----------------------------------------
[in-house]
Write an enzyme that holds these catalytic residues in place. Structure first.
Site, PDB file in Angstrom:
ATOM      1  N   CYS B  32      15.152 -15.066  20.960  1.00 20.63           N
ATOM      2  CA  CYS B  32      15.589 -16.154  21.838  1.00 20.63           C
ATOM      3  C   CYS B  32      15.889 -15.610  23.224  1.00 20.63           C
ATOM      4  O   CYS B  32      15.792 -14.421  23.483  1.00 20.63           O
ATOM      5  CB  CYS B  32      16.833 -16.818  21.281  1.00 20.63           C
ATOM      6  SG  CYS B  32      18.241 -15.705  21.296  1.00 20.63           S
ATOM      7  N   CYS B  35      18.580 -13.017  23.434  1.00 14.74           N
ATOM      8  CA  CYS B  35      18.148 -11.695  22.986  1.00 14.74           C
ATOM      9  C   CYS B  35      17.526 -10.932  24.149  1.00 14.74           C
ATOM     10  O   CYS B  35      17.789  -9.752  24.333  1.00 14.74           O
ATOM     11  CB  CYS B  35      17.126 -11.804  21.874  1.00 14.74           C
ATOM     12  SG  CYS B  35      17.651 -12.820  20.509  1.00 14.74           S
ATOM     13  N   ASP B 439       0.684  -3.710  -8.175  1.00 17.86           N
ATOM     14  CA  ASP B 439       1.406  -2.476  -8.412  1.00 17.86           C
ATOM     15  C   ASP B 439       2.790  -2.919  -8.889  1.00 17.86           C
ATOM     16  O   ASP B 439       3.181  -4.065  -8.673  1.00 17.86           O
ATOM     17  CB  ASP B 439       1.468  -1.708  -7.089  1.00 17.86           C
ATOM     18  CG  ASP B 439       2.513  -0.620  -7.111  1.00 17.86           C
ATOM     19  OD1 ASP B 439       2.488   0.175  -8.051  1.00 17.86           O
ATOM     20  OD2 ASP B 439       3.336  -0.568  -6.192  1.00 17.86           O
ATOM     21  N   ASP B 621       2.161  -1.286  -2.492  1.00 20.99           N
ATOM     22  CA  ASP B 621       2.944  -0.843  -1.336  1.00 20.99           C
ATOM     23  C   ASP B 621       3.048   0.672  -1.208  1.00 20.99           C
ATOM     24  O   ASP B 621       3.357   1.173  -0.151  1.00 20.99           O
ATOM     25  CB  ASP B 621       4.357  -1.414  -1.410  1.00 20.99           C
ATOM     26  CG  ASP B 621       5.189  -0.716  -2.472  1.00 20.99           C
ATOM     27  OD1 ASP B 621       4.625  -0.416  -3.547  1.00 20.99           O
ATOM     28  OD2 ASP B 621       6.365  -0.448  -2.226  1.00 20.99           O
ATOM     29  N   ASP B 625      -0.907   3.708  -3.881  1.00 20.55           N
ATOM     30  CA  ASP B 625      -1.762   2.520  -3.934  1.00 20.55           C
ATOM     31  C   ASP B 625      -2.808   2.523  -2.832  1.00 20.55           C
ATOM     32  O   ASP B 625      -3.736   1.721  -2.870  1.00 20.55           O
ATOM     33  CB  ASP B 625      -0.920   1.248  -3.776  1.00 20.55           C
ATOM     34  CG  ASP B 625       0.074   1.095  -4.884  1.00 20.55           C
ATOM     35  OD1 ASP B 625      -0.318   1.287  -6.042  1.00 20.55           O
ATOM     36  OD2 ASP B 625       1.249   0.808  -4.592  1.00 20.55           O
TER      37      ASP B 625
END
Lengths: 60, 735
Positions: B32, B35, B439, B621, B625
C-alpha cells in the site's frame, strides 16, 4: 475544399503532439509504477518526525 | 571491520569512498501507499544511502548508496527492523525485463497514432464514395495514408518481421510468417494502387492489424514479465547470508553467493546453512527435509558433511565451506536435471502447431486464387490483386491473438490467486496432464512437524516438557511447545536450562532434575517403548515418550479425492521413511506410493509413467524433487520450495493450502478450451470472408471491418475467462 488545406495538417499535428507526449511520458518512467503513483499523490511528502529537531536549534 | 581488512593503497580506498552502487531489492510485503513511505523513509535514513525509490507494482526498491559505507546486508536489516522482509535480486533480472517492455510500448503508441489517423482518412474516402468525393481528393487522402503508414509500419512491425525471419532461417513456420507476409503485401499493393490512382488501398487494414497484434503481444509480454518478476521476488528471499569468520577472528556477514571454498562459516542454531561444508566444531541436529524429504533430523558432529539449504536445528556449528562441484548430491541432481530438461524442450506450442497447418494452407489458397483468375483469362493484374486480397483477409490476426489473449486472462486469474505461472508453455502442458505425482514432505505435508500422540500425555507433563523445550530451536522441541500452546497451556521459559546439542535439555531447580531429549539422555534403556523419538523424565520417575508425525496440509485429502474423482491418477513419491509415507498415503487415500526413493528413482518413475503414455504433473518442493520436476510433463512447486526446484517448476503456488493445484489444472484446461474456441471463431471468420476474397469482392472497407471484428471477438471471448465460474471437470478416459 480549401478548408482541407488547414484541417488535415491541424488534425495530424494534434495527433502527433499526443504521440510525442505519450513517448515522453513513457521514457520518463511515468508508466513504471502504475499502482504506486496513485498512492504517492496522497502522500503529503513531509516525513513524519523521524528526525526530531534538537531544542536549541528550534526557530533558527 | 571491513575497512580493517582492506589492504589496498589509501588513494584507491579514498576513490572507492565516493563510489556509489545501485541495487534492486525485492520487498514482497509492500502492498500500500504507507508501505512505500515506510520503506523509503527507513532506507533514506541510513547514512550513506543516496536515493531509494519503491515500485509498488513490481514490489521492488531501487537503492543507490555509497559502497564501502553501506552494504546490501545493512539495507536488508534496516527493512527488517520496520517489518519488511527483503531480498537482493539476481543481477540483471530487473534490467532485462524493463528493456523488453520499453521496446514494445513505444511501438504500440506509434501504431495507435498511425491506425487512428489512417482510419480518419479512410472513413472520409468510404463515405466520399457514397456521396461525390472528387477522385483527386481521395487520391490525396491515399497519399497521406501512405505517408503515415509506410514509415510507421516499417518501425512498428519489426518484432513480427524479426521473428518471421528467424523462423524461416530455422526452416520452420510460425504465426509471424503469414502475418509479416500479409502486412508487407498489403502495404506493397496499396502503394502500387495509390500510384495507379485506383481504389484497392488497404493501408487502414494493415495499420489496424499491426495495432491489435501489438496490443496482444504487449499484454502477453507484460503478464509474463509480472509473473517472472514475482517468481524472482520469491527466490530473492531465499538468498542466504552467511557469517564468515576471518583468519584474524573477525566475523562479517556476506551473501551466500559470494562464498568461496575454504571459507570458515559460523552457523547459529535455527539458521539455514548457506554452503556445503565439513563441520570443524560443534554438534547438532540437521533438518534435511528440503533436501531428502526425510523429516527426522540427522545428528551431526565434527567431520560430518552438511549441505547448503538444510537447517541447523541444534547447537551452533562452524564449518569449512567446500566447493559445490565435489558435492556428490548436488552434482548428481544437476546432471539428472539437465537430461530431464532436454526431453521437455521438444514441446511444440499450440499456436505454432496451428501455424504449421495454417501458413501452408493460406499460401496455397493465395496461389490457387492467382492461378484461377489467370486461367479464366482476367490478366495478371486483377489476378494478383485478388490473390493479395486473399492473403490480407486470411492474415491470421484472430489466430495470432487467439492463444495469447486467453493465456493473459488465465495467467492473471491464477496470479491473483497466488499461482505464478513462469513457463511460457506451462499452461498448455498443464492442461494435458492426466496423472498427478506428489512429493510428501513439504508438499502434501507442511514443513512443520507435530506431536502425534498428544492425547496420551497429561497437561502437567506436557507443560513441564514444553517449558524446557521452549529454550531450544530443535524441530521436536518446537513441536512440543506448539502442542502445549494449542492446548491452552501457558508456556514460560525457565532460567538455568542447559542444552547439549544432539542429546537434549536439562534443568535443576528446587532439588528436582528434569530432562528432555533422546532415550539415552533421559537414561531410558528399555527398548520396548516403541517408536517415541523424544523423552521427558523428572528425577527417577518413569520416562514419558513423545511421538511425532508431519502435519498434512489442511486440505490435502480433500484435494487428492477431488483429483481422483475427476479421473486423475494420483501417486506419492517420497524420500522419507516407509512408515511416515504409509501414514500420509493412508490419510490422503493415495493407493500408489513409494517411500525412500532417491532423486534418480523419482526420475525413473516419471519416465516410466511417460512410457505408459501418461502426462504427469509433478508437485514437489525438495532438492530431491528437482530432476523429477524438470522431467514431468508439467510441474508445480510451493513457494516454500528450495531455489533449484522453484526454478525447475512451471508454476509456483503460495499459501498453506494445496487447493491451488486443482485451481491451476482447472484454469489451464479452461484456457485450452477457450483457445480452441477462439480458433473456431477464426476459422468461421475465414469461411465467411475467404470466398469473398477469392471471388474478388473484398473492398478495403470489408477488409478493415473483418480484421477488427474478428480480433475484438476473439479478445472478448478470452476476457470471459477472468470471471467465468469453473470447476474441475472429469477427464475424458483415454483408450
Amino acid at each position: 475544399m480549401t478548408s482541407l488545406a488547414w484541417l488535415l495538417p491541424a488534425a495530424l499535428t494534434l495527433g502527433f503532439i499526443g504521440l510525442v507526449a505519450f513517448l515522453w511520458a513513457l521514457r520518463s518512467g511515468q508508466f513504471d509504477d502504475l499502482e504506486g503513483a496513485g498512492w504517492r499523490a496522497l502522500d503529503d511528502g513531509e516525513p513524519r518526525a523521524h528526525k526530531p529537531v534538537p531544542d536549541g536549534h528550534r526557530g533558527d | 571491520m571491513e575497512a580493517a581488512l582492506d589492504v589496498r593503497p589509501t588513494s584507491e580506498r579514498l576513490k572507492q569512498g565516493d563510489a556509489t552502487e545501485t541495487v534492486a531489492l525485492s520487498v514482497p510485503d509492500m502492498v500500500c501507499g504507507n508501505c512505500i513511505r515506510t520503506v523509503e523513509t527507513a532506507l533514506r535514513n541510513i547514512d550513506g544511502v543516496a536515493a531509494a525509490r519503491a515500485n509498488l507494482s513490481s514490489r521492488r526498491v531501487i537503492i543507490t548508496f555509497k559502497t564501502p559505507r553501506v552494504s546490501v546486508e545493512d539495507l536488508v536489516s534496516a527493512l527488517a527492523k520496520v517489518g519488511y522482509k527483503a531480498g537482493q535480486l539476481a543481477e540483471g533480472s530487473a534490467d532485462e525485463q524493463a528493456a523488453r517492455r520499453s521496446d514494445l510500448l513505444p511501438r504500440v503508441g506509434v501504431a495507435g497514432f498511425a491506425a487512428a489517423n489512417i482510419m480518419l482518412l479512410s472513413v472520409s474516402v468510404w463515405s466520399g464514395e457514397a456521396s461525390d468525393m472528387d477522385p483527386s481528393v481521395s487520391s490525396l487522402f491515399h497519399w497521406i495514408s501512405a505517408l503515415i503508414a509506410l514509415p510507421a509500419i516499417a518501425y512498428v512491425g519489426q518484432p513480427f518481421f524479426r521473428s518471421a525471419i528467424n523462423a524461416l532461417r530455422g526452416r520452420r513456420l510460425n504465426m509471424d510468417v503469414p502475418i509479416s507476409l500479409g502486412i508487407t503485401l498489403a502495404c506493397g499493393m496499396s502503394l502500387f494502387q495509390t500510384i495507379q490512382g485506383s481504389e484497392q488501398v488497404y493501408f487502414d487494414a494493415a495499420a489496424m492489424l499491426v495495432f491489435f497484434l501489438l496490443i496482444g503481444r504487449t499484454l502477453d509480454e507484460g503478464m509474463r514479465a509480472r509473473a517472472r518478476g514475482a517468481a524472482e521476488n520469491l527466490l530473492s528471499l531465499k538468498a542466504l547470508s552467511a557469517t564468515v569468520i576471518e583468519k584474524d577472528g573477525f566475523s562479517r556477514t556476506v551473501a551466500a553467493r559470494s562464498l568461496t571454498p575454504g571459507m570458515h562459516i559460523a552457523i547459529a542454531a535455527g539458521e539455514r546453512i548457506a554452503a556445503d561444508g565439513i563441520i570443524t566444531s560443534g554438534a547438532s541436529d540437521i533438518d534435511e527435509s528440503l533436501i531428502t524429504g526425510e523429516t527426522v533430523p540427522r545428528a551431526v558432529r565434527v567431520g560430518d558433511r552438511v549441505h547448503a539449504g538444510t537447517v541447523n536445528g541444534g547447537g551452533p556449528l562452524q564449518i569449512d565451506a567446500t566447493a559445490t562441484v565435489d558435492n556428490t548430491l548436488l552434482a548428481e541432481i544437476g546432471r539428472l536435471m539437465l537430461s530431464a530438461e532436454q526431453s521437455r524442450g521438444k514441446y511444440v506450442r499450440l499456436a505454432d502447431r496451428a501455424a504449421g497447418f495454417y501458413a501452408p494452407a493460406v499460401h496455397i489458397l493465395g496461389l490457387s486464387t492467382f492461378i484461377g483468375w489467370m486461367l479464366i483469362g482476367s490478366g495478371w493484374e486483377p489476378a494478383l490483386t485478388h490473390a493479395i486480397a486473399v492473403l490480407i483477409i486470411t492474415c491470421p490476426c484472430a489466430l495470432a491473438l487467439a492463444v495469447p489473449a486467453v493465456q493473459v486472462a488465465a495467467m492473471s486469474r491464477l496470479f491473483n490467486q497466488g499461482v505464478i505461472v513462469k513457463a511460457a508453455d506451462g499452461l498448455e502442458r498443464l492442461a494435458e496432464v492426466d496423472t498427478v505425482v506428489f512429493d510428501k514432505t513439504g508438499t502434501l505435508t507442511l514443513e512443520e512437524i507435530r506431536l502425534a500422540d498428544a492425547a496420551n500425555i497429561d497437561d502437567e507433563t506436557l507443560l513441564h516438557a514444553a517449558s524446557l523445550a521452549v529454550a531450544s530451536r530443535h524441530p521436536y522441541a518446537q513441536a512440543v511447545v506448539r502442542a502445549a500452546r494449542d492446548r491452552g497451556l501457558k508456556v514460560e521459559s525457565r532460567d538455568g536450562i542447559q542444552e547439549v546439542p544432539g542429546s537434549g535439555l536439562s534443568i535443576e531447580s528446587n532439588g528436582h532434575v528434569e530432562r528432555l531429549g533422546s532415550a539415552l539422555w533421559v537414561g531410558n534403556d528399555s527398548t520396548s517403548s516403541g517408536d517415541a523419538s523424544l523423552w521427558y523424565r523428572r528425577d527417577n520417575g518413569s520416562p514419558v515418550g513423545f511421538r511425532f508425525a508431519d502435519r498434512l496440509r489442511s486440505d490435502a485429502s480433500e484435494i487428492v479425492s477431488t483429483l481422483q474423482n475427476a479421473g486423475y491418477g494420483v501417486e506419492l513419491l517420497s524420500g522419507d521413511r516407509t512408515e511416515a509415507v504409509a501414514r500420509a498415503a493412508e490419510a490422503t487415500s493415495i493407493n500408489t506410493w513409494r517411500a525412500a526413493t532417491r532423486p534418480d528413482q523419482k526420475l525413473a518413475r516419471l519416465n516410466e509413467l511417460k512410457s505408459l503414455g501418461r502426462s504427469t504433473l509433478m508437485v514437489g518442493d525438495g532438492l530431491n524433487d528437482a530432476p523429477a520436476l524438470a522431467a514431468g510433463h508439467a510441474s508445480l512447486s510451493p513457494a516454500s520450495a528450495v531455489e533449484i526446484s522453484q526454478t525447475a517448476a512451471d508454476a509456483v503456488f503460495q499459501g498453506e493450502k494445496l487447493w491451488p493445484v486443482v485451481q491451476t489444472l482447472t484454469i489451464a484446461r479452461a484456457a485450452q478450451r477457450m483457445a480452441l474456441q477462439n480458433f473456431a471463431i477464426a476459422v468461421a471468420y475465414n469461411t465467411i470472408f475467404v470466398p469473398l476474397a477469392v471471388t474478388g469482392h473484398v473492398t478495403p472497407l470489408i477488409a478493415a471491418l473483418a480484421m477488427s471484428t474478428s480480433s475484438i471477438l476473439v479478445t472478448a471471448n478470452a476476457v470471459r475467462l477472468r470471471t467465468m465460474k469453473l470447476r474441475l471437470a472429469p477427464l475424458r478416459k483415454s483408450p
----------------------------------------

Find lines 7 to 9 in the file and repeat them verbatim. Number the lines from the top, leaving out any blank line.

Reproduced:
ATOM      4  O   CYS B  32      15.792 -14.421  23.483  1.00 20.63           O
ATOM      5  CB  CYS B  32      16.833 -16.818  21.281  1.00 20.63           C
ATOM      6  SG  CYS B  32      18.241 -15.705  21.296  1.00 20.63           S